News • Double danger
MS patients at a greater risk of cancer, new study suggests
New results of a 65-year follow-up study of nearly 7,000 Norwegian patients with Multiple Sclerosis (MS) suggest that patients may have a greater overall risk of developing cancer than the general population, with an especially high risk of cancer in respiratory organs, urinary organs and the central nervous system.
Presented at the 5th European Academy of Neurology (EAN) Congress in Oslo, Norway, the Norwegian study also indicated an increased risk of developing haematological cancers in non-MS siblings of MS patients, compared with both MS patients and the general population.
Cancer risk among MS patients compared to the non-MS population
66% increase in risk
Central nervous system (CNS)
52% increase in risk
51% increase in risk
14% increase in risk
Additional research could also identify the possible connections between haematological cancer and MS and new ways in which we could manage these conditionsNina Grytten
This long-term analysis was based on patient records from 6,883 MS patients born between 1930–1979, who were registered with various Norwegian MS and Cancer Registries, and prevalence studies from Norway. The analysis also included data from 8,918 siblings without MS, and 37,919 non-MS individuals. “This study is the first to compare cancer risk in MS with non-affected siblings of MS patients. The risk assessment between these two groups is extremely interesting because they share the same genetics and environmental conditions,” noted Dr Nina Grytten, lead researcher of the study, from Haukeland University Hospital, Bergen, who presented the results at the EAN congress.
“Previous clinical studies of cancer risk in MS patients in various countries have shown inconsistent findings, so further research is needed to help improve our understanding in this area,” stated Dr Grytten. “This research outlines the need for greater awareness of cancer risk among MS patients, which should lead to shortened cancer diagnosis and more effective therapy in order to improve outcomes and survival.”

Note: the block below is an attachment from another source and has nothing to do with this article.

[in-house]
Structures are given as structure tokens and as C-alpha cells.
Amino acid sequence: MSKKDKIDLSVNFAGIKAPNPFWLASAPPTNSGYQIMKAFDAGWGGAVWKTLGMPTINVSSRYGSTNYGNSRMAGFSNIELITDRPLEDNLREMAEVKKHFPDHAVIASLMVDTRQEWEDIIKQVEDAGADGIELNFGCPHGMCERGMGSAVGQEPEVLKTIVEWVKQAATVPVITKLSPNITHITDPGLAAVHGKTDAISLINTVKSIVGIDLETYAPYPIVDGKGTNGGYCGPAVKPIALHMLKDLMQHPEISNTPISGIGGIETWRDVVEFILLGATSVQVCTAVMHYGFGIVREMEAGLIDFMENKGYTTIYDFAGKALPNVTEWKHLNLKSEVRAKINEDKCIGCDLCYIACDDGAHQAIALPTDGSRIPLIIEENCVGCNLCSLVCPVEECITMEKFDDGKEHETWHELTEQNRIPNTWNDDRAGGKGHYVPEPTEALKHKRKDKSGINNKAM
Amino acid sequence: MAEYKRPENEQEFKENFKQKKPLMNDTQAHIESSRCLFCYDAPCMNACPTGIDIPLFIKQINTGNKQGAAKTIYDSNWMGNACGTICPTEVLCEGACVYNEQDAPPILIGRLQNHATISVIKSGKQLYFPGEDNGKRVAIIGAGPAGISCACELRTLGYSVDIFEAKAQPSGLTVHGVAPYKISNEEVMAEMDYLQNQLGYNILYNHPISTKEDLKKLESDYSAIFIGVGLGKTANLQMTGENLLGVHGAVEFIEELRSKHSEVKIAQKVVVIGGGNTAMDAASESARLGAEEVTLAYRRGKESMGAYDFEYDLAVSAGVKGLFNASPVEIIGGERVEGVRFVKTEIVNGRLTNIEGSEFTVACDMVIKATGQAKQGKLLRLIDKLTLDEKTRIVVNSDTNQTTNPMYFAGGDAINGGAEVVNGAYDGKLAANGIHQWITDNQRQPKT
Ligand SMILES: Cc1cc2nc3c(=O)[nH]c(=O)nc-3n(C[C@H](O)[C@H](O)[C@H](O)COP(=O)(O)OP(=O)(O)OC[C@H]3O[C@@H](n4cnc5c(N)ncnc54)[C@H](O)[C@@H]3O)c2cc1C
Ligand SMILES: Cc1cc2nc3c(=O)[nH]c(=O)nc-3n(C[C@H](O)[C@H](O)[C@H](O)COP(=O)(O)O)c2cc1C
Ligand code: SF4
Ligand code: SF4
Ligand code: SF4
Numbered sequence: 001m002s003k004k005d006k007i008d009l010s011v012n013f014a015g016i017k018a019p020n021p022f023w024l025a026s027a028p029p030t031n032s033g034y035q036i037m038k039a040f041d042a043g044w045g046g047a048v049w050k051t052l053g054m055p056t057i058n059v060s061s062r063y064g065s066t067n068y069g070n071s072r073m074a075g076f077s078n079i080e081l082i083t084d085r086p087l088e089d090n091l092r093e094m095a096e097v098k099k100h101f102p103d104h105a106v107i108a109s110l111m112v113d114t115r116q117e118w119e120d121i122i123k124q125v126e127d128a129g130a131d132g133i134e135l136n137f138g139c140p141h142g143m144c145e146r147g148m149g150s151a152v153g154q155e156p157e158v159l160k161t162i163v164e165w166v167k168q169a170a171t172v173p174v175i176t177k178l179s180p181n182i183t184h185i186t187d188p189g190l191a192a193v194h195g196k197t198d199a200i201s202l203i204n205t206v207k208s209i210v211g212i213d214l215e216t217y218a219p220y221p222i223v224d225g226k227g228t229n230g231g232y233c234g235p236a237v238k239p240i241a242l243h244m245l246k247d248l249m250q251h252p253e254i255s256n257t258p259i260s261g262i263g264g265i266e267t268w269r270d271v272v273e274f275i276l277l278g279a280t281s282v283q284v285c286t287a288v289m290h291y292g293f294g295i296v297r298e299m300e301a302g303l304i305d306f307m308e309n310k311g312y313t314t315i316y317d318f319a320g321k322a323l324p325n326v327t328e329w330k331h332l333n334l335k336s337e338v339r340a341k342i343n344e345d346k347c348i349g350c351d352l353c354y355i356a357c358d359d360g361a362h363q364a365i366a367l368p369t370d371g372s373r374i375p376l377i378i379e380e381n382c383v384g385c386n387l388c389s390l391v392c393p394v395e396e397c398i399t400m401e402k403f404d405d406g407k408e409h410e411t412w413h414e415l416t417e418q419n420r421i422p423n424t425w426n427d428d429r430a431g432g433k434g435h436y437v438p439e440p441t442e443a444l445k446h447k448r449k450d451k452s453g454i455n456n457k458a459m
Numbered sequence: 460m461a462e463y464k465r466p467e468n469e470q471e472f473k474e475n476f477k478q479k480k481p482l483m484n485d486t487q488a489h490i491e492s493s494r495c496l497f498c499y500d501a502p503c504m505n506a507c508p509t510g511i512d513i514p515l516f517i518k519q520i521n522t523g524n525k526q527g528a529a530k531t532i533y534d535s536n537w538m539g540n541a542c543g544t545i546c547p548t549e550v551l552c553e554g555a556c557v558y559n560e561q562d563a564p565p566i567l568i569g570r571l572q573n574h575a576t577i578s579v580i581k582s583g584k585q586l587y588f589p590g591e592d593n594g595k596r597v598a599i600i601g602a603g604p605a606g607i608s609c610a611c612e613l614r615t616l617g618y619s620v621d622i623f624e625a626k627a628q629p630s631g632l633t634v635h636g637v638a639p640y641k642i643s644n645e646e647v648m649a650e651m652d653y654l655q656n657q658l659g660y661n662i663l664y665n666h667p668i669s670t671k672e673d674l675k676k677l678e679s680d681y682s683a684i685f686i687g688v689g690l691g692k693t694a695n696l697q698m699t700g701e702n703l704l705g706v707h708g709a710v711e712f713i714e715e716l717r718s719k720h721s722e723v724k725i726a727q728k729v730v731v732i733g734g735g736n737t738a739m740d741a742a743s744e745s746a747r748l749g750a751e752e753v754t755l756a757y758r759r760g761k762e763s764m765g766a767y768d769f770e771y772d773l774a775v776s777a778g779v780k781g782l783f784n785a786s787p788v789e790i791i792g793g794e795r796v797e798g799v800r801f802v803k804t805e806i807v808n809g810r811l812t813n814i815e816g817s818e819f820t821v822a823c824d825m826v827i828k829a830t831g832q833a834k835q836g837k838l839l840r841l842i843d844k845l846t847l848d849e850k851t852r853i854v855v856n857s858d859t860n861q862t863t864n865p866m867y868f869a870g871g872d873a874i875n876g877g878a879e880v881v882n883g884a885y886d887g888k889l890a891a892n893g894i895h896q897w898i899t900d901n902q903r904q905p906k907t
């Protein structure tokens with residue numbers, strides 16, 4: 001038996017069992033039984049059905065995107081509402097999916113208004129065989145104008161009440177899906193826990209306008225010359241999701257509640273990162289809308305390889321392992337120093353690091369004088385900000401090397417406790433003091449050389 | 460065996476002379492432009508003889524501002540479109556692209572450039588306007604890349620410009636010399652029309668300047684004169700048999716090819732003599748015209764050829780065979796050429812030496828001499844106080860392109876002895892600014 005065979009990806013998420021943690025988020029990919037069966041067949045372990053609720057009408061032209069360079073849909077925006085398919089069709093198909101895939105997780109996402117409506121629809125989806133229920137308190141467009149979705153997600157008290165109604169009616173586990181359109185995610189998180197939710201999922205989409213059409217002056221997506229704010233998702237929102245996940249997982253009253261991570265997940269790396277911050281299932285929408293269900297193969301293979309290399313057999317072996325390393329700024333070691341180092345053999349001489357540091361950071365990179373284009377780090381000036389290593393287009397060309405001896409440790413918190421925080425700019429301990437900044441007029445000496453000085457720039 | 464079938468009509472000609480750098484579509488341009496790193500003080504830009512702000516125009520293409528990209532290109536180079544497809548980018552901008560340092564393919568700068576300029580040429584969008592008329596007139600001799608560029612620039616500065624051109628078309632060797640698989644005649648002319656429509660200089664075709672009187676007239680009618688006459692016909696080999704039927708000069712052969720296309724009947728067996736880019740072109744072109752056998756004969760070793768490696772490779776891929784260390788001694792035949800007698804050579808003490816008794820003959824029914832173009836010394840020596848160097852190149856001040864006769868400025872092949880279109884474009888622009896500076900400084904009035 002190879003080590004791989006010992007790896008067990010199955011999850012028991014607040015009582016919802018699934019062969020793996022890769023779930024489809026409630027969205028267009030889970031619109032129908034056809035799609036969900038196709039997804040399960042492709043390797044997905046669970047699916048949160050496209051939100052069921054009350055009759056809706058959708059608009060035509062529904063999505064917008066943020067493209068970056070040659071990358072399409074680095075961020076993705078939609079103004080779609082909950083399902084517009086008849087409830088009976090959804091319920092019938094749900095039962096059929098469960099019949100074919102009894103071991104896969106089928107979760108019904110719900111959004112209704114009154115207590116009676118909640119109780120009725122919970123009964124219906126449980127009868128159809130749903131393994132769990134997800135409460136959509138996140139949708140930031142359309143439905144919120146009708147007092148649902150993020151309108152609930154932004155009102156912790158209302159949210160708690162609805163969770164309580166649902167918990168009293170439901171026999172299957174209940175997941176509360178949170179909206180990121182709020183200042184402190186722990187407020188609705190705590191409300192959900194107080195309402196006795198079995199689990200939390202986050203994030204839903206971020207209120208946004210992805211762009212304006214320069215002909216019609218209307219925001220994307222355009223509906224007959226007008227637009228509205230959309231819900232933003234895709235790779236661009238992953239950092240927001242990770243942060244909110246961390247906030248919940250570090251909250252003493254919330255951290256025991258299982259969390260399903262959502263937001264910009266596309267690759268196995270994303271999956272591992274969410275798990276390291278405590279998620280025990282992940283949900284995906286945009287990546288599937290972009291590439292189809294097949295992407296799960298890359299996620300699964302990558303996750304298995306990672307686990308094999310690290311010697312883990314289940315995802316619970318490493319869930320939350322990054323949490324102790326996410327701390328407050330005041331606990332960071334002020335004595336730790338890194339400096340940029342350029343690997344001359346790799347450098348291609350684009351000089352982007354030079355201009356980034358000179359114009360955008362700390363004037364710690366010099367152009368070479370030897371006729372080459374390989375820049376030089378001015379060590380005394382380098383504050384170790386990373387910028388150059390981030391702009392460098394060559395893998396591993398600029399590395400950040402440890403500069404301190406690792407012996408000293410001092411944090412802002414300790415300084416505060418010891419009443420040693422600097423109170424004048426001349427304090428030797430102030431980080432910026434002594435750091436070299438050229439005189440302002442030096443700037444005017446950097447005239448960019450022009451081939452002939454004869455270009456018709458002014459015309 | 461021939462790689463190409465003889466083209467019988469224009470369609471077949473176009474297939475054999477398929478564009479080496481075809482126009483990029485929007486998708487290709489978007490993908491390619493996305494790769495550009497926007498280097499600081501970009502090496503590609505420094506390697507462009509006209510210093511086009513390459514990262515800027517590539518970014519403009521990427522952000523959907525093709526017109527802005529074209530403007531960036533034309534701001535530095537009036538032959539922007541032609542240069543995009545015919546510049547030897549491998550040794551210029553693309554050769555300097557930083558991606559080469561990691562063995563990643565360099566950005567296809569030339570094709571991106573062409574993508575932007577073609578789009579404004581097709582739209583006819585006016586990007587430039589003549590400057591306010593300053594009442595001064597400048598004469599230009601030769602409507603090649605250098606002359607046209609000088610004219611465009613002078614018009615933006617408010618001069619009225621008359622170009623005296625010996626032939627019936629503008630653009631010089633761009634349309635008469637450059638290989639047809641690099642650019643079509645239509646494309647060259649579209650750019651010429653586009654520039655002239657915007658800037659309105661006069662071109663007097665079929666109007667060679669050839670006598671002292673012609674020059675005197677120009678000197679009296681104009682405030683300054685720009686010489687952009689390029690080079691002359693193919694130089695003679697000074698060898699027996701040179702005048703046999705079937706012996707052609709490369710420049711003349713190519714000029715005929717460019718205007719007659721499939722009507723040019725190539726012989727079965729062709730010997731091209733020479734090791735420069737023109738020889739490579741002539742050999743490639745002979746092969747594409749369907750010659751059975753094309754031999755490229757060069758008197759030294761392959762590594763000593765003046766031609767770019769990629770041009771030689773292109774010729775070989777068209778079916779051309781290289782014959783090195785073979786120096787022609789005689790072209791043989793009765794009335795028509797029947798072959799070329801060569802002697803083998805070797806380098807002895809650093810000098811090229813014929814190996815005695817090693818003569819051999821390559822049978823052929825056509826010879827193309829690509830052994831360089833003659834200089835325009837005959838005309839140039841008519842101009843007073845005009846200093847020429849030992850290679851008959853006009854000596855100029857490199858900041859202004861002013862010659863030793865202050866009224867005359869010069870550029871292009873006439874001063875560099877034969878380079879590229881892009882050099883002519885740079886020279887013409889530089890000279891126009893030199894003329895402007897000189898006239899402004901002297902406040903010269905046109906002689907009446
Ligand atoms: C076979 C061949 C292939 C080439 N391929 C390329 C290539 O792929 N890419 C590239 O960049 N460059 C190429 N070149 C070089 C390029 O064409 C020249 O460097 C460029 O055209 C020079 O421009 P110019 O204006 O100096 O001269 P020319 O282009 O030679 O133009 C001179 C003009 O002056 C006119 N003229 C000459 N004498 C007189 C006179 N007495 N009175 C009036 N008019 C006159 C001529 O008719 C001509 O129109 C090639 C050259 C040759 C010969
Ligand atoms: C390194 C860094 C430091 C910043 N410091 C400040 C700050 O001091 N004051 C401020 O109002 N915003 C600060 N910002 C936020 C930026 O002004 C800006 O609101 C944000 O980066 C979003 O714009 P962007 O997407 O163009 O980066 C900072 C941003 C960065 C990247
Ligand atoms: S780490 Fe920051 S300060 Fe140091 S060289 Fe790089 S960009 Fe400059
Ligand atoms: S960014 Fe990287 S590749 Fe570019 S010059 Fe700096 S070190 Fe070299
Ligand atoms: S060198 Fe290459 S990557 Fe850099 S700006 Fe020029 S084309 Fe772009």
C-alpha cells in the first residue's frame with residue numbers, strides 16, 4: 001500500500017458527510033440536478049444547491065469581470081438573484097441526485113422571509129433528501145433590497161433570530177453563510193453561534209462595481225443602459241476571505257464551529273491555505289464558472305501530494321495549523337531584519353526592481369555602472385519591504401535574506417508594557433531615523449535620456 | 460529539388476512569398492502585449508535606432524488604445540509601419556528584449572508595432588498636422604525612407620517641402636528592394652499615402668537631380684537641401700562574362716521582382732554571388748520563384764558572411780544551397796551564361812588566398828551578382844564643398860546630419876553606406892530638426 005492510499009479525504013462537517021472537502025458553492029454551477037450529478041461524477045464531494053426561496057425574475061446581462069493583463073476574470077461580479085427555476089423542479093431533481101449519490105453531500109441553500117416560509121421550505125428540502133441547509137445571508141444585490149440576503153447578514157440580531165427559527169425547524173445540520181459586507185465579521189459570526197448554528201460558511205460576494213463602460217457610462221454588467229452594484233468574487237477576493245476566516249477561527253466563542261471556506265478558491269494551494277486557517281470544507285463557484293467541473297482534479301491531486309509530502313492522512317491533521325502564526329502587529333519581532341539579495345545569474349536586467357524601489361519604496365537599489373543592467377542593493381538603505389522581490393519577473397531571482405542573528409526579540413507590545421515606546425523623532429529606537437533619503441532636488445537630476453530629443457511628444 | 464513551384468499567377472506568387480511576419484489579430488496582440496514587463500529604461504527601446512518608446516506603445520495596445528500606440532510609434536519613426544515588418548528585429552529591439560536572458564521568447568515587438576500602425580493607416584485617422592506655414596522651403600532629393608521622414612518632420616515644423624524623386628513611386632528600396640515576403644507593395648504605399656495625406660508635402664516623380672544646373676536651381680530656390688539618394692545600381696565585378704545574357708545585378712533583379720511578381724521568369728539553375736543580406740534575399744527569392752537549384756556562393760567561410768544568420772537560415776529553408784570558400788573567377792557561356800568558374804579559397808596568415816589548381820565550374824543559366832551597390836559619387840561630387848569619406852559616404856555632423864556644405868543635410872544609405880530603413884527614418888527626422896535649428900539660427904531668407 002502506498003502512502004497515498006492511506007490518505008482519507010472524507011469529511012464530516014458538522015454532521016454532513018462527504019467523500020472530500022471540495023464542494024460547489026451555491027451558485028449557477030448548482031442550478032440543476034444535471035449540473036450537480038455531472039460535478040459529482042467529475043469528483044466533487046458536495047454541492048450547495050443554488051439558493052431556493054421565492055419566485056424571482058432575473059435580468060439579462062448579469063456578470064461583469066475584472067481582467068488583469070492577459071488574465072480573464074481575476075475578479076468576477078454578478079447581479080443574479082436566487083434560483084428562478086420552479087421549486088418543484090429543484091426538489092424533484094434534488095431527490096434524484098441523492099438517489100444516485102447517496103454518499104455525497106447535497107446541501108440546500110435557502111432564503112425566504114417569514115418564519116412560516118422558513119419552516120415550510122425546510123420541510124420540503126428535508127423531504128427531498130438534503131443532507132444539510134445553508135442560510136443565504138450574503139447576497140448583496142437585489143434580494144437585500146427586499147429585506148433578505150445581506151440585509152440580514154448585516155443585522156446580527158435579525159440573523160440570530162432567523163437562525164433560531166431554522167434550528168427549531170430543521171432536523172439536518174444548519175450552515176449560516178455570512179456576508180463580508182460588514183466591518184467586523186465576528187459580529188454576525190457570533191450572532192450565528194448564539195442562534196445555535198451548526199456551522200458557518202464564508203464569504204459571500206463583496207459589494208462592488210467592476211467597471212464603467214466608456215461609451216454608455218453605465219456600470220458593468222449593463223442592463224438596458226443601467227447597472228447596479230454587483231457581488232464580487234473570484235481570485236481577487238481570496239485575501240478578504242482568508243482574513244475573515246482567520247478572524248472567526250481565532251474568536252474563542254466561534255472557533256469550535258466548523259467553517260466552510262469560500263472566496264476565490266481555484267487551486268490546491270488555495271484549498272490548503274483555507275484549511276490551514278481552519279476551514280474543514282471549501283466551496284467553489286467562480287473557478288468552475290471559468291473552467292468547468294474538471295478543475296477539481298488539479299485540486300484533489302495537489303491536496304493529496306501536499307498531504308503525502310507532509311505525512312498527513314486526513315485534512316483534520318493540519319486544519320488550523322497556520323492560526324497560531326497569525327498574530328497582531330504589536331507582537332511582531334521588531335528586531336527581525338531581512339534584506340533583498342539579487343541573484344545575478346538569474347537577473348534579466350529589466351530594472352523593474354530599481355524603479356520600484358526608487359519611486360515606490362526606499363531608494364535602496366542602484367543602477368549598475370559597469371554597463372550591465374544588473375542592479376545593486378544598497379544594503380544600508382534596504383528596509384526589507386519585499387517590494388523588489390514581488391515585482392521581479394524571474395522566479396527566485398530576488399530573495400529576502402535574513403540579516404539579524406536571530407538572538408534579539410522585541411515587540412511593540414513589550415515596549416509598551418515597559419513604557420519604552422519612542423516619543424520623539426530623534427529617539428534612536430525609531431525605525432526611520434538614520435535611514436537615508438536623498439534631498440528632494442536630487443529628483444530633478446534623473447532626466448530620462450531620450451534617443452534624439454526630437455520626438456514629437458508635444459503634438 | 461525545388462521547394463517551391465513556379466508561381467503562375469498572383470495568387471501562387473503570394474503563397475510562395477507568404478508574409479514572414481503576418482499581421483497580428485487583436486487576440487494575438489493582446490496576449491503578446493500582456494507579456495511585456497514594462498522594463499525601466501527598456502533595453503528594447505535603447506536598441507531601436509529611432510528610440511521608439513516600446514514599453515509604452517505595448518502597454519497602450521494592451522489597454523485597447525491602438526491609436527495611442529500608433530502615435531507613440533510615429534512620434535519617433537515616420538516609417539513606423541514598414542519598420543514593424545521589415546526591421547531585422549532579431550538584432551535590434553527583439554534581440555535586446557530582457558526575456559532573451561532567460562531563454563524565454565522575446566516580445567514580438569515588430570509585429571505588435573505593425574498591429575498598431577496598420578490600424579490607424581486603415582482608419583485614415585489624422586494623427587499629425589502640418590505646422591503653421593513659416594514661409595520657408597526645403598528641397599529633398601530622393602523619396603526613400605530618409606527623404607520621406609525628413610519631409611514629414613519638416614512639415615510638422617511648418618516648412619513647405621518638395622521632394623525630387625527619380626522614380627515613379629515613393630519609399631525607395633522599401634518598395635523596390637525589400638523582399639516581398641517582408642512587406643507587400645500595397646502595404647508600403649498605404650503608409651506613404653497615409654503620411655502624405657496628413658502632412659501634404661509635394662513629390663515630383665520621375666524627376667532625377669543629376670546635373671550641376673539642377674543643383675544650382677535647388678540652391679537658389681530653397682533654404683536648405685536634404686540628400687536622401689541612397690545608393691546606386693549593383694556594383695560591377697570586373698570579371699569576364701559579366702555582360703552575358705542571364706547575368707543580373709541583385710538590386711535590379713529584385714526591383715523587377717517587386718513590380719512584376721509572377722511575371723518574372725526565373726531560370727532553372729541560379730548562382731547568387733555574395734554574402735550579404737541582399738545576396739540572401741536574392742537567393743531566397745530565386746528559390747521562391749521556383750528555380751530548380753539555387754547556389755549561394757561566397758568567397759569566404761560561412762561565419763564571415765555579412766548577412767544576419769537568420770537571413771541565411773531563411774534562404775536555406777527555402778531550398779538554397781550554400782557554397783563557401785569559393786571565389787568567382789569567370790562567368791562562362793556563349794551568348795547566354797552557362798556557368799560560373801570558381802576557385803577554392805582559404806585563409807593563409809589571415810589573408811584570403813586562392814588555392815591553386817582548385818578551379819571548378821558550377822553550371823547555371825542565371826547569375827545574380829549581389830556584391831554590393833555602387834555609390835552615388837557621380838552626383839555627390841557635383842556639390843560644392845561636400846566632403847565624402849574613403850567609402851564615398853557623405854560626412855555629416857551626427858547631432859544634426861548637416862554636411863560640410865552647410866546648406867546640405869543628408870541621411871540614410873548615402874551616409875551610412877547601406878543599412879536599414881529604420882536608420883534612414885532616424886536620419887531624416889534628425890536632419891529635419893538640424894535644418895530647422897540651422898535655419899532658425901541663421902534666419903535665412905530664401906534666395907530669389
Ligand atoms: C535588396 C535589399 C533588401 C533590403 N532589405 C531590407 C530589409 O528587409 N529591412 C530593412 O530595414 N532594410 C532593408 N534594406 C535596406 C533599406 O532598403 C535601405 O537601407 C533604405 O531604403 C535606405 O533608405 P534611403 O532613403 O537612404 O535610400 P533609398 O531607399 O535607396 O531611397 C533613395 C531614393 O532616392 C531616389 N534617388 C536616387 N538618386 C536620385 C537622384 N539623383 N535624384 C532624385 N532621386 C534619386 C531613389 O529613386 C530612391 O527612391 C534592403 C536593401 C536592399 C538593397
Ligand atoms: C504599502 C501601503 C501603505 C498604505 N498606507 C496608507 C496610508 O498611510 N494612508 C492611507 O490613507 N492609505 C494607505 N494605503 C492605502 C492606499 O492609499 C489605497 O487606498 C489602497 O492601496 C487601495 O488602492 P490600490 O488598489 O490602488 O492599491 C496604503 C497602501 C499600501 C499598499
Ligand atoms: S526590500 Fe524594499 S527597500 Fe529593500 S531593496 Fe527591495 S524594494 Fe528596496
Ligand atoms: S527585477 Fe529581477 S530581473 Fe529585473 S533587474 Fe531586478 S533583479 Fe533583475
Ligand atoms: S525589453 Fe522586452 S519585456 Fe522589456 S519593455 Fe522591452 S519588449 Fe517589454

“Additional research could also identify the possible connections between haematological cancer and MS and new ways in which we could manage these conditions”, she added.
Article • Positron Emission Tomography
PET offers new multiple sclerosis insights
Positron Emission Tomography (PET) is helping to provide MS experts some insight into what drives progression of the disease. PET also has the potential to quantify the effects of new, targeted therapies on MS patients, according to consultant neurologist Professor Bruno Stankoff.
Multiple sclerosis is a lifelong disease that affects the central nervous system, especially the brain, spinal cord and optic nerves. It can lead to a wide range of symptoms, including problems with vision, arm or leg movement, sensation or balance. MS is one of the most common causes of disability in younger adults, and people with MS have on average 7 years shorter longevity.
Haematological cancer is a type of blood cancer that includes myeloma, lymphoma and leukaemia. There are many different types of haematological cancers, which can affect the blood, bone marrow and lymph nodes in the body. According to Dr. Grytten, the results of the investigation might suggest that MS and haematological cancer could share a common etiology, which can be important for future treatment of MS and prevention of both diseases.
Source: European Academy of Neurology (EAN)